Odes Of Anacreon - Ode XXXI.

A poem by Thomas Moore

[1]


Armed with hyacinthine rod,
(Arms enough for such a god,)
Cupid bade me wing my pace,
And try with him the rapid race.
O'er many a torrent, wild and deep,
By tangled brake and pendent steep.
With weary foot I panting flew,
Till my brow dropt with chilly dew.
And now my soul, exhausted, dying,
To my lip was faintly flying;
And now I thought the spark had fled,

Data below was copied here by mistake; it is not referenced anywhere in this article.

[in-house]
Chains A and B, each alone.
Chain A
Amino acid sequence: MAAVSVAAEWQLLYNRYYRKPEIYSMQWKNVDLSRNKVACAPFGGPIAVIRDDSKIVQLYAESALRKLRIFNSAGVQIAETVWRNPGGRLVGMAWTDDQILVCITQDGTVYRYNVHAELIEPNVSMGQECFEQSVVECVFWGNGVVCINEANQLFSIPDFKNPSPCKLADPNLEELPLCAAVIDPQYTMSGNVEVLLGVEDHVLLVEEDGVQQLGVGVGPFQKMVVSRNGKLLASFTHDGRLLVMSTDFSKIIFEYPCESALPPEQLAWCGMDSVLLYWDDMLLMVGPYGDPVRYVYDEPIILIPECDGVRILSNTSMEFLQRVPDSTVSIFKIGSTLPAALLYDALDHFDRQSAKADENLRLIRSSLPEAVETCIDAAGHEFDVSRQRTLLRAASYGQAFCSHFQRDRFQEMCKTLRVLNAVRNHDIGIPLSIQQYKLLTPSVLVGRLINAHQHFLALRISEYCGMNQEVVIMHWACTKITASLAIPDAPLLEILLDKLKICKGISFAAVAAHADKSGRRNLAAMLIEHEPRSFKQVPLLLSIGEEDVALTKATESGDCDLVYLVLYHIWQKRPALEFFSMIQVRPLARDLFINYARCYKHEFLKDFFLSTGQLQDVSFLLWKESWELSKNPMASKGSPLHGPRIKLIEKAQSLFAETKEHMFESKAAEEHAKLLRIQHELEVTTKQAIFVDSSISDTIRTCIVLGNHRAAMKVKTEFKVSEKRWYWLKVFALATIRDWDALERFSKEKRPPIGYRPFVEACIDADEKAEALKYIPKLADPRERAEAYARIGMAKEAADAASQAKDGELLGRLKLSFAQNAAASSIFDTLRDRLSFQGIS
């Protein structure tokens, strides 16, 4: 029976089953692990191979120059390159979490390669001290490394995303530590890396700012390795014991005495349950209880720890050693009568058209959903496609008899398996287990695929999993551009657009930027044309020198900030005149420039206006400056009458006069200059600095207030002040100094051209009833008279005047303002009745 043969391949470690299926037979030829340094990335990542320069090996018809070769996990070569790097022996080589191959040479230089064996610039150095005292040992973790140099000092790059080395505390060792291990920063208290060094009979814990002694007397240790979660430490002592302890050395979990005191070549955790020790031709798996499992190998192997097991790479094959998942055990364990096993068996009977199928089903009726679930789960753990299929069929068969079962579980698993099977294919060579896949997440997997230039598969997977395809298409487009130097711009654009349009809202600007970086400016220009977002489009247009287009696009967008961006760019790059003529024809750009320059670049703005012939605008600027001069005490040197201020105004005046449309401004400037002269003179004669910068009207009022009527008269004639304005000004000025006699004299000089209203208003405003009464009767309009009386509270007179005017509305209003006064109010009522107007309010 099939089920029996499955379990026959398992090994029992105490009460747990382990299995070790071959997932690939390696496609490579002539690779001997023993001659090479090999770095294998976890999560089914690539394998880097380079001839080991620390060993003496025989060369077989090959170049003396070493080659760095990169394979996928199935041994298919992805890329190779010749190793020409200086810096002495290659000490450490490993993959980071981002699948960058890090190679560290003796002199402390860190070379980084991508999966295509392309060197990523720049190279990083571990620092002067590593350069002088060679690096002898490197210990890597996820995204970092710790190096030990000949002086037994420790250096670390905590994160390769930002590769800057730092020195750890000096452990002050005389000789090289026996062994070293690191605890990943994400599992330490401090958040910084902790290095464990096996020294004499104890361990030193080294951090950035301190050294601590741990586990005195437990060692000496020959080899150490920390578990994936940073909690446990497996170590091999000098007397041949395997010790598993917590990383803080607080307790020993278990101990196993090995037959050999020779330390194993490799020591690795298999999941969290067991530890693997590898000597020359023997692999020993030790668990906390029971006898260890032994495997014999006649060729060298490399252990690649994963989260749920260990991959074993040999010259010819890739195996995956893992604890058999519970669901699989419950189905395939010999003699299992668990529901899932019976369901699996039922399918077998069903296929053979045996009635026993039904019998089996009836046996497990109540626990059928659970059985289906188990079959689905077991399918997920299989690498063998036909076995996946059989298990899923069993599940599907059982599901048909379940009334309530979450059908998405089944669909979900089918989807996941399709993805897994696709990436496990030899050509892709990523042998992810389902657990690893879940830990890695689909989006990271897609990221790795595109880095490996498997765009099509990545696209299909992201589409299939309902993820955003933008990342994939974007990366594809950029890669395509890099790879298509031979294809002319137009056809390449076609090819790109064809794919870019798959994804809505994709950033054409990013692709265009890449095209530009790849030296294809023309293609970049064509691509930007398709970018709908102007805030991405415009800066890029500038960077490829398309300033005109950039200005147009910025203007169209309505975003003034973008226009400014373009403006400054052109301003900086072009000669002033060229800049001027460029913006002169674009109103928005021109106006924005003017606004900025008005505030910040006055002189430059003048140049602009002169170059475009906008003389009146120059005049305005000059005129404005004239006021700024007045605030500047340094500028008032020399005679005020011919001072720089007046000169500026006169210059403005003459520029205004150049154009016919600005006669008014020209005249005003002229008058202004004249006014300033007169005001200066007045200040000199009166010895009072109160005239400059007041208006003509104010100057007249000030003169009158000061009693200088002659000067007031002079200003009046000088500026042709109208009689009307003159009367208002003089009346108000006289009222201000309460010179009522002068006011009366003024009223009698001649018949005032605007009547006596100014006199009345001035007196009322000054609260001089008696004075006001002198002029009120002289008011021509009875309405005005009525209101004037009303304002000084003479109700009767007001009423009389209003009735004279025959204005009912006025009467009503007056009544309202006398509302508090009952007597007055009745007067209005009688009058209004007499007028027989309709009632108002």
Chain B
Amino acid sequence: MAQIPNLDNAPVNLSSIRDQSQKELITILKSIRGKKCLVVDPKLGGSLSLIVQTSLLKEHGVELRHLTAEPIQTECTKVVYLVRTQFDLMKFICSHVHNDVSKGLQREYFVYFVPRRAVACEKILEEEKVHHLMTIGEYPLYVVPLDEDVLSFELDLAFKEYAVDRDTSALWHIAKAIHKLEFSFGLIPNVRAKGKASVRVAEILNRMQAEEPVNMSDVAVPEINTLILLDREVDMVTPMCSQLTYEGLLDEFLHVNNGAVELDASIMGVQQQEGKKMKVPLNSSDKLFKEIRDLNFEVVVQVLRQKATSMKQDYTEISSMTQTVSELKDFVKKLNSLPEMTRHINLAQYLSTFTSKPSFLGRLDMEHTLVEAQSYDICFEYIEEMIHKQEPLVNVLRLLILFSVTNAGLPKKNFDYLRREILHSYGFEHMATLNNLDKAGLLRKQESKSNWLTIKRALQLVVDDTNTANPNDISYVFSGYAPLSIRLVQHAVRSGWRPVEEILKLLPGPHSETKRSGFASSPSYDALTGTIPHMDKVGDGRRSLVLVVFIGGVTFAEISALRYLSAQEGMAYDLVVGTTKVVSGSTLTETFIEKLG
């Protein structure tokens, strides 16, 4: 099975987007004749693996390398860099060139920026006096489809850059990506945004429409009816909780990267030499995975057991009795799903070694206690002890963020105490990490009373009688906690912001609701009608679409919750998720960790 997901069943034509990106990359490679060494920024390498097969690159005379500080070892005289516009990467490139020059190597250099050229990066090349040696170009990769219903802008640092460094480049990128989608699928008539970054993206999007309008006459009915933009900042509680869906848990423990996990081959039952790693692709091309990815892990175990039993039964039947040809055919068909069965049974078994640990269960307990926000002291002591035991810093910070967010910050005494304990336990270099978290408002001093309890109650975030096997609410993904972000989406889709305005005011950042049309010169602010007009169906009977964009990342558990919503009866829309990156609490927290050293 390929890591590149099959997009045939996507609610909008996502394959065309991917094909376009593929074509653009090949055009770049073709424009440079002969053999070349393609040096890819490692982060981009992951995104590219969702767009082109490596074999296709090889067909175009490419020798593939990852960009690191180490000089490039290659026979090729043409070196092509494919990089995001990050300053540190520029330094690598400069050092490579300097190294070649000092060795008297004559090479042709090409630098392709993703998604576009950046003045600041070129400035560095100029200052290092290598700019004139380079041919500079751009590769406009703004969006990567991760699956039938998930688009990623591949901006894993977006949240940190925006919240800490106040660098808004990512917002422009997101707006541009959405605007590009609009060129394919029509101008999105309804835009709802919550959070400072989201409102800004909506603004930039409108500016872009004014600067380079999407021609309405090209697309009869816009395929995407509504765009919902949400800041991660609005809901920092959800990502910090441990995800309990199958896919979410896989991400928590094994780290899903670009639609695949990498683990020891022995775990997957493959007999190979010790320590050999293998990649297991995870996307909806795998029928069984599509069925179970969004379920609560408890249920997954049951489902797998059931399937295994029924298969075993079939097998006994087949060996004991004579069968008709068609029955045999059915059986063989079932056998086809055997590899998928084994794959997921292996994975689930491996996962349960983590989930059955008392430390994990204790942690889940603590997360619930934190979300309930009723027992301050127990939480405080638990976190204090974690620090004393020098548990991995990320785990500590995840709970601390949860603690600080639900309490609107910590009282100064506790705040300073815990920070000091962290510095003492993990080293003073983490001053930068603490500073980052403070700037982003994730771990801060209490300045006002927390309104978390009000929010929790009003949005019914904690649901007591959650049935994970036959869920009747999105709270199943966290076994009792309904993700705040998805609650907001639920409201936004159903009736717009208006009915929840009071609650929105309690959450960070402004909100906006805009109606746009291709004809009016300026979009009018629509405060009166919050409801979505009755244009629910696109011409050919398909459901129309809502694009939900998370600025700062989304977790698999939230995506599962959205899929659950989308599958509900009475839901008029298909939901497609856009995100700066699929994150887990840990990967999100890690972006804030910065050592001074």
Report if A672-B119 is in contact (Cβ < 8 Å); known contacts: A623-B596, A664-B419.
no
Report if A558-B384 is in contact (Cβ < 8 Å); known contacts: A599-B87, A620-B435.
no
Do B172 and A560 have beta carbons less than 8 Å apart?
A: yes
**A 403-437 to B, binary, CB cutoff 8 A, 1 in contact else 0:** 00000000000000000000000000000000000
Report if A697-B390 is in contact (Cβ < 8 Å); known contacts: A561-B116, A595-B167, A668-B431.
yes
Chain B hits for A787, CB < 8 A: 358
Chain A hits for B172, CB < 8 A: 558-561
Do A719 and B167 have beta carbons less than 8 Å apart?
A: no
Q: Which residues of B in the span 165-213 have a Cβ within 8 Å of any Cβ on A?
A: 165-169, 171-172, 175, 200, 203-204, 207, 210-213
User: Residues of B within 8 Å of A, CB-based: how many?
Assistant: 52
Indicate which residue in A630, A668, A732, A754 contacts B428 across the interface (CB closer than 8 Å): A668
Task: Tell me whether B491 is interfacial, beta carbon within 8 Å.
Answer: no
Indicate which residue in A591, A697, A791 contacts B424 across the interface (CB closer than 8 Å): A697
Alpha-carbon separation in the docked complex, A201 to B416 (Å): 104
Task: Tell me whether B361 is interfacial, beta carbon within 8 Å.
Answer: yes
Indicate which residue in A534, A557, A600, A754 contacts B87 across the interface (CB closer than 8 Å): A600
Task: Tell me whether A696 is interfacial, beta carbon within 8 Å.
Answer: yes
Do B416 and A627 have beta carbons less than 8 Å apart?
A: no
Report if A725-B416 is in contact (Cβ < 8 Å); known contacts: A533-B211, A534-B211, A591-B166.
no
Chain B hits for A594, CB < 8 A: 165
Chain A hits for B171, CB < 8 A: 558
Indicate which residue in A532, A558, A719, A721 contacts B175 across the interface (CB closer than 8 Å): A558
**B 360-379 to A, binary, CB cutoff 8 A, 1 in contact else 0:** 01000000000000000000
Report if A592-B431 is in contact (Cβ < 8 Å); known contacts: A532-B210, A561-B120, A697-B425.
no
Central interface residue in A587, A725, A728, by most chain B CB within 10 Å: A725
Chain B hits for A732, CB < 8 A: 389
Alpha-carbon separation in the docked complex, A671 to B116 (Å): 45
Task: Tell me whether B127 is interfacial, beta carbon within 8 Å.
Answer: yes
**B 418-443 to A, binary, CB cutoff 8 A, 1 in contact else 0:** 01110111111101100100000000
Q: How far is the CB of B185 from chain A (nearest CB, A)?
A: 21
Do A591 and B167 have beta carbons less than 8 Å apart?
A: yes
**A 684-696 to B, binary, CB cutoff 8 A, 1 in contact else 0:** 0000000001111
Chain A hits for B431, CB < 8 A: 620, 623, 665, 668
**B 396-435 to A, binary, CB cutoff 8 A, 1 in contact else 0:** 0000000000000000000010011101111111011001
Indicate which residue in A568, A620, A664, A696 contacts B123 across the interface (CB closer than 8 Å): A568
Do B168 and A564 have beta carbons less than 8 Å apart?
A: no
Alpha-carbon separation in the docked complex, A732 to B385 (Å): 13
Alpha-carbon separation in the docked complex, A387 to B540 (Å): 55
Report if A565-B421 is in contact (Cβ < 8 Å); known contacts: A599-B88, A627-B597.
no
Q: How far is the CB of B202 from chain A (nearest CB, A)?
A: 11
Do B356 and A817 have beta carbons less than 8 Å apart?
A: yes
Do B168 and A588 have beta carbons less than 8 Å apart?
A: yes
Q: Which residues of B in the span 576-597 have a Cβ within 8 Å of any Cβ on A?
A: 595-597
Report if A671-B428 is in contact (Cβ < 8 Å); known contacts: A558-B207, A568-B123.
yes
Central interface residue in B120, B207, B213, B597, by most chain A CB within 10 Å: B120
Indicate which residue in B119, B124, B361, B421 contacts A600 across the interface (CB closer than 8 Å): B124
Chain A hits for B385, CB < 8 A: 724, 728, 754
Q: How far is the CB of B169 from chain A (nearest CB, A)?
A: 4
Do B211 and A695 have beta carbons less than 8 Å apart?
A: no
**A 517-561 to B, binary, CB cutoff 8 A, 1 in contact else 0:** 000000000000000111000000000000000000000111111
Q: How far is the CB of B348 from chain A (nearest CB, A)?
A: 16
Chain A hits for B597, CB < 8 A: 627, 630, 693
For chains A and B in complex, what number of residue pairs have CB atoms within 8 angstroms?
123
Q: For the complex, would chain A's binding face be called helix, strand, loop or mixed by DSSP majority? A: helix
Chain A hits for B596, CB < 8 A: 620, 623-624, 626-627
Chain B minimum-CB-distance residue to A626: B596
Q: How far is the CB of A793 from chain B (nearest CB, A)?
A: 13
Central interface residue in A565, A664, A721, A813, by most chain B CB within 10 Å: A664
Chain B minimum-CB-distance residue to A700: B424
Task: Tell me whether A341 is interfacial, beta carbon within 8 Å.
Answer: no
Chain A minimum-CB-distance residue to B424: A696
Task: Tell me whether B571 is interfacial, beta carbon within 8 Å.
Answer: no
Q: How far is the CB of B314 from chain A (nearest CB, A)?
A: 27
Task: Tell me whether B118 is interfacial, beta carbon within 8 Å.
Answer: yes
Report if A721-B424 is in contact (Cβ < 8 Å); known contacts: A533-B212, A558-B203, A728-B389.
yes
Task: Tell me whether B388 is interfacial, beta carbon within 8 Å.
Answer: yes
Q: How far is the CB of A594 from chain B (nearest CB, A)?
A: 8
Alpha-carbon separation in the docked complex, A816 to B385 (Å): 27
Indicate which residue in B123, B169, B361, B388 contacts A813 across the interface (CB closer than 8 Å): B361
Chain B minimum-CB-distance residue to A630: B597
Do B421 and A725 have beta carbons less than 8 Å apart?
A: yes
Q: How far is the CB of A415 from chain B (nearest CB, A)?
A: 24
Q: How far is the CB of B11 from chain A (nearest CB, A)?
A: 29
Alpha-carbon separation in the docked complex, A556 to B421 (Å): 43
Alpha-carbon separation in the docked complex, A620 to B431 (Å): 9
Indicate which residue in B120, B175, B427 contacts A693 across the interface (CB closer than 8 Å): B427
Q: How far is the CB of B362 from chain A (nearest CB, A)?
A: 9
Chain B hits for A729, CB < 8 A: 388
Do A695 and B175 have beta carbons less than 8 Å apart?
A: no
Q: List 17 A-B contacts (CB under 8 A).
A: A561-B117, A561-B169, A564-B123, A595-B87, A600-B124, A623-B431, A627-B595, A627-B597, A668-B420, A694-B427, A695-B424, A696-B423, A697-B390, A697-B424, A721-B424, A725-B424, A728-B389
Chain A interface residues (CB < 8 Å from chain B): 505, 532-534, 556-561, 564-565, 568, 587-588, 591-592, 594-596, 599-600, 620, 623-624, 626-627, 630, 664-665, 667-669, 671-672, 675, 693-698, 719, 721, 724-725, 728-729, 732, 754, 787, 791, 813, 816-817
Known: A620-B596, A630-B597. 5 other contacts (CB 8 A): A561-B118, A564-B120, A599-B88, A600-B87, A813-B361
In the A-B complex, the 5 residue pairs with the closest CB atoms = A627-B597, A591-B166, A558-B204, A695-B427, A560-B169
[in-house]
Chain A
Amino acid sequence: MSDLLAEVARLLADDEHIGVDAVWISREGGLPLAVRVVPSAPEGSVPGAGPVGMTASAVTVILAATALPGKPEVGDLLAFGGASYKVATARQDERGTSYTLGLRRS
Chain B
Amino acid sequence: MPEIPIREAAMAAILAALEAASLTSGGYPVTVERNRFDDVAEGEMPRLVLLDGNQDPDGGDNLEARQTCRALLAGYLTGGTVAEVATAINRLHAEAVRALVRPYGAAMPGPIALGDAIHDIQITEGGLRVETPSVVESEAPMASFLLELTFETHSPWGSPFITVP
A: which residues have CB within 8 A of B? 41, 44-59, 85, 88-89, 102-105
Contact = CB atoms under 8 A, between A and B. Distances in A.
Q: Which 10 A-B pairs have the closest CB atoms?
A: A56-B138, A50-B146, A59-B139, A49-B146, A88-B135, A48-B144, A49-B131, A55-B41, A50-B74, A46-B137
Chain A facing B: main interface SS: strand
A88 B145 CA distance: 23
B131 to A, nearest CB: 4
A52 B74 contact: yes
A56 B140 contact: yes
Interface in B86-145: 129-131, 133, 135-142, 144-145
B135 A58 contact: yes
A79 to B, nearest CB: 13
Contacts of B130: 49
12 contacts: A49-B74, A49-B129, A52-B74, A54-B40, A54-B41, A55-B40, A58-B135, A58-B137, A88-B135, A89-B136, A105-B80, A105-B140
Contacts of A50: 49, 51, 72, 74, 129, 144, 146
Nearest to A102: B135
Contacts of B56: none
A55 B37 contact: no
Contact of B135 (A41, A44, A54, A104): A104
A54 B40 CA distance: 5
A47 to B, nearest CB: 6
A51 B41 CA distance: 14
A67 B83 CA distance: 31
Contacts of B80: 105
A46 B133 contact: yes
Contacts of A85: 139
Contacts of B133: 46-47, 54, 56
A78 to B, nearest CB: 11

When Cupid hovered o'er my head,
And fanning light his breezy pinion,
Rescued my soul from death's dominion;[2]
Then said, in accents half-reproving.
"Why hast thou been a foe to loving?"

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